The Chainlink

I am due for a new smartphone, and I am planning to do longer rides.

Currently I have an entry level Garmin bike GPS, which works well for recording where I have been, but does not allow me to pre-load it with routemaps. I use that in combination with a cue sheet.

Do you think that a current model smartphone, iPhone or Android, can be used a s replacement for a cue sheet? Things I'd be looking for:

  • Ability to load route files published in a common format (example)
  • turn by turn directions
  • track simple metrics like average speed, and distance travelled

What is the impact on battery life when you use it as a navigation tool.What kind of software do you use? Google Maps, or something more specific?

Appreciate any feedback

Tags: GPS, routes

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I think it can.  Anyone else use their phone as a cue sheet?

Using your phone to navigate will put a major drain on the battery. Using GPS to track metrics requires your phone to get a location fix frequently, meaning the GPS reciever is always on and sucking power. If you want to track an all day ride you'll probably need an external booster batery like this or one of the dyno hub phone chargers. When I'm using my low end Andriod phone to track a ride it will last about 3 hours. If I'm not tracking and just occasionally opening a map to look it will last all day.

 

I've found Google Maps to work good for directions if you're someplace with a data signal. I use a program called "OsmAnd" to download map data ahead of time when I know I'm going to be somewhere without a data signal. I use a program called "Move! Bike Computer" on my Andriod phone for basic metrics. There are lots of programs that do this. For some reason I tried that one first and liked it so I haven't looked at any others. There are lots of programs that will handle route files, but I don't have any first hand experence with any of them.

<p>I think it's probably best to have a paper cue sheet.  Tracking on phones tends to drain their batteries quickly and they need a signal to show maps (unless you've downloaded them).  Plus in inclement weather, it's much easier to brush off a paper cue sheet getting soaked than a phone getting soaked. </p>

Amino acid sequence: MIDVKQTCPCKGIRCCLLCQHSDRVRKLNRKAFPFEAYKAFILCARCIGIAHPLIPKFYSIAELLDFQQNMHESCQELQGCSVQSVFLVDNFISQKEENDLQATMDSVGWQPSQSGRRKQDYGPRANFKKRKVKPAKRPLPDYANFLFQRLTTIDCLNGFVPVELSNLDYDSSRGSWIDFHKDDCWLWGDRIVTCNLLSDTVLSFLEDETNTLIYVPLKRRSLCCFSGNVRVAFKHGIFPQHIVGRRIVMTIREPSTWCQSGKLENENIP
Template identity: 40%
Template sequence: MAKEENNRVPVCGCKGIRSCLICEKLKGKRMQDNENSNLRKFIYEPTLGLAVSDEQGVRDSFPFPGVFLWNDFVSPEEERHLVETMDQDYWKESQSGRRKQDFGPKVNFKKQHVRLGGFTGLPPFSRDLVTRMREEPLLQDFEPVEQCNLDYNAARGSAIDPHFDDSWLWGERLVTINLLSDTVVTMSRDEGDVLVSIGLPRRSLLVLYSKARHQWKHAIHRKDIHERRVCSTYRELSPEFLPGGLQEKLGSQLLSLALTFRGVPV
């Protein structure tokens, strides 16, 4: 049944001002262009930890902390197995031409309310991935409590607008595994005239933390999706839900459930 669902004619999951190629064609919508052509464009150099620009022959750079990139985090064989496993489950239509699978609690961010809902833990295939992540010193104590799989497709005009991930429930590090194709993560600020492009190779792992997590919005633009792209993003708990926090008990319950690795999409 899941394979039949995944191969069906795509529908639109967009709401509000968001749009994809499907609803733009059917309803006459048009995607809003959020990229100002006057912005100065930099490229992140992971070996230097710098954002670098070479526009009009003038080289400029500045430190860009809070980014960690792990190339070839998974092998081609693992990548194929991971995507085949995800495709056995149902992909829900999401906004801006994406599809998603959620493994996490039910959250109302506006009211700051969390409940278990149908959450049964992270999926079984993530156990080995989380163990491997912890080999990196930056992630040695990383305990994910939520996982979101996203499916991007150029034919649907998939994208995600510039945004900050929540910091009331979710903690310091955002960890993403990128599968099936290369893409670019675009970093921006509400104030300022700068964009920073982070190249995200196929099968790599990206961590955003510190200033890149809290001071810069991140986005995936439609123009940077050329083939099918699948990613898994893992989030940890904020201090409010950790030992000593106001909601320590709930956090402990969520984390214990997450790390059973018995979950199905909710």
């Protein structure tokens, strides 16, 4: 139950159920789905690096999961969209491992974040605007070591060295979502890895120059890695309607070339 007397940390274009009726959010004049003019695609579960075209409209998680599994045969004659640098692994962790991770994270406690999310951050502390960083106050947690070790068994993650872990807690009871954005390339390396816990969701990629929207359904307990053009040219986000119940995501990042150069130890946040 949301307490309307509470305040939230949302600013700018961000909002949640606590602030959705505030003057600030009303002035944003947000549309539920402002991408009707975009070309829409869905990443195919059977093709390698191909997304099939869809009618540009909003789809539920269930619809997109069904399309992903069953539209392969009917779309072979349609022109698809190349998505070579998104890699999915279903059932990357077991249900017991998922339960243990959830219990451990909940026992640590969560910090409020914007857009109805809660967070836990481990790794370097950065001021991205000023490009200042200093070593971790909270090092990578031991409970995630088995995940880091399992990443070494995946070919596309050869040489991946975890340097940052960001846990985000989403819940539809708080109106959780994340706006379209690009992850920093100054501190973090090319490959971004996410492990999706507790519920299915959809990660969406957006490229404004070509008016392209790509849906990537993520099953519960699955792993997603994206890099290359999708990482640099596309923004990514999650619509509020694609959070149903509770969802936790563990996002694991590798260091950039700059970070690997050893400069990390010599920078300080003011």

Yeah, a Cue Sheet should work best when riding to a desired location and can't hurt to have a secondary Cue Sheet for another route. This method should save energy on your Wonderful Smart phone for emergencies. Happy Riding.

I've used my phone to record my HR, GPS track, speed, etc on a century ride before without the use of an external battery. It took us about 6 hours and I had approx 40% of my battery left at the end. (I obsessively record every. single. ride. I do.) I think it will largely depend on the specific phone model.

I do agree that any of the current smart phones out there will quickly drain the battery with the screen on.

Cameron 7.5 mi said:

Using your phone to navigate will put a major drain on the battery. Using GPS to track metrics requires your phone to get a location fix frequently, meaning the GPS reciever is always on and sucking power. If you want to track an all day ride you'll probably need an external booster batery like this or one of the dyno hub phone chargers. When I'm using my low end Andriod phone to track a ride it will last about 3 hours. If I'm not tracking and just occasionally opening a map to look it will last all day.